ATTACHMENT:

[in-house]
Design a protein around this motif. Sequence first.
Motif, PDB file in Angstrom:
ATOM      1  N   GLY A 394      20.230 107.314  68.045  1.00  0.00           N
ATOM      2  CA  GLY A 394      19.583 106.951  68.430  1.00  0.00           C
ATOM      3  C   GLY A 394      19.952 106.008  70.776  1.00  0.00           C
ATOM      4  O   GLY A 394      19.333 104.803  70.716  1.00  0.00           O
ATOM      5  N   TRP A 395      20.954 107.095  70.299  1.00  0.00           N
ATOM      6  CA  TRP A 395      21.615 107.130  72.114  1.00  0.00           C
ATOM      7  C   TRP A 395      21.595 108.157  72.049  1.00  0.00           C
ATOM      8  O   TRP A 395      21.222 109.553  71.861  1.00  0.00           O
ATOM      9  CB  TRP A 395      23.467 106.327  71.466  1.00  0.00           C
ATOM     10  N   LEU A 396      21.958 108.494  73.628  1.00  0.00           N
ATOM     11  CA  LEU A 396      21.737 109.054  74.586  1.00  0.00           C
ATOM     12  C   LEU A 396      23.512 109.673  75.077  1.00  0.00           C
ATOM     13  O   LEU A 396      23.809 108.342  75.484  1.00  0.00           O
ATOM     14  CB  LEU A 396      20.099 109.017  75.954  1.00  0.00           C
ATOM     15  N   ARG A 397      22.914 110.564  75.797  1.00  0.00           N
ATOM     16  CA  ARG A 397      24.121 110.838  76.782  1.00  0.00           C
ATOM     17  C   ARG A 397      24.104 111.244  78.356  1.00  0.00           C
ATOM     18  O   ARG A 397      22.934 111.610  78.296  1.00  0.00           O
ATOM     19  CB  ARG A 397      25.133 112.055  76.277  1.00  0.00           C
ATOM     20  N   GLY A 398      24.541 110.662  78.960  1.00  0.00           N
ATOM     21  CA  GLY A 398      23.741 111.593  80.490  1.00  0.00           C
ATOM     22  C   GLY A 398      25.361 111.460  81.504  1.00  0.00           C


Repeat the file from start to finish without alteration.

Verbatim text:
[in-house]
Design a protein around this motif. Sequence first.
Motif, PDB file in Angstrom:
ATOM      1  N   GLY A 394      20.230 107.314  68.045  1.00  0.00           N
ATOM      2  CA  GLY A 394      19.583 106.951  68.430  1.00  0.00           C
ATOM      3  C   GLY A 394      19.952 106.008  70.776  1.00  0.00           C
ATOM      4  O   GLY A 394      19.333 104.803  70.716  1.00  0.00           O
ATOM      5  N   TRP A 395      20.954 107.095  70.299  1.00  0.00           N
ATOM      6  CA  TRP A 395      21.615 107.130  72.114  1.00  0.00           C
ATOM      7  C   TRP A 395      21.595 108.157  72.049  1.00  0.00           C
ATOM      8  O   TRP A 395      21.222 109.553  71.861  1.00  0.00           O
ATOM      9  CB  TRP A 395      23.467 106.327  71.466  1.00  0.00           C
ATOM     10  N   LEU A 396      21.958 108.494  73.628  1.00  0.00           N
ATOM     11  CA  LEU A 396      21.737 109.054  74.586  1.00  0.00           C
ATOM     12  C   LEU A 396      23.512 109.673  75.077  1.00  0.00           C
ATOM     13  O   LEU A 396      23.809 108.342  75.484  1.00  0.00           O
ATOM     14  CB  LEU A 396      20.099 109.017  75.954  1.00  0.00           C
ATOM     15  N   ARG A 397      22.914 110.564  75.797  1.00  0.00           N
ATOM     16  CA  ARG A 397      24.121 110.838  76.782  1.00  0.00           C
ATOM     17  C   ARG A 397      24.104 111.244  78.356  1.00  0.00           C
ATOM     18  O   ARG A 397      22.934 111.610  78.296  1.00  0.00           O
ATOM     19  CB  ARG A 397      25.133 112.055  76.277  1.00  0.00           C
ATOM     20  N   GLY A 398      24.541 110.662  78.960  1.00  0.00           N
ATOM     21  CA  GLY A 398      23.741 111.593  80.490  1.00  0.00           C
ATOM     22  C   GLY A 398      25.361 111.460  81.504  1.00  0.00           C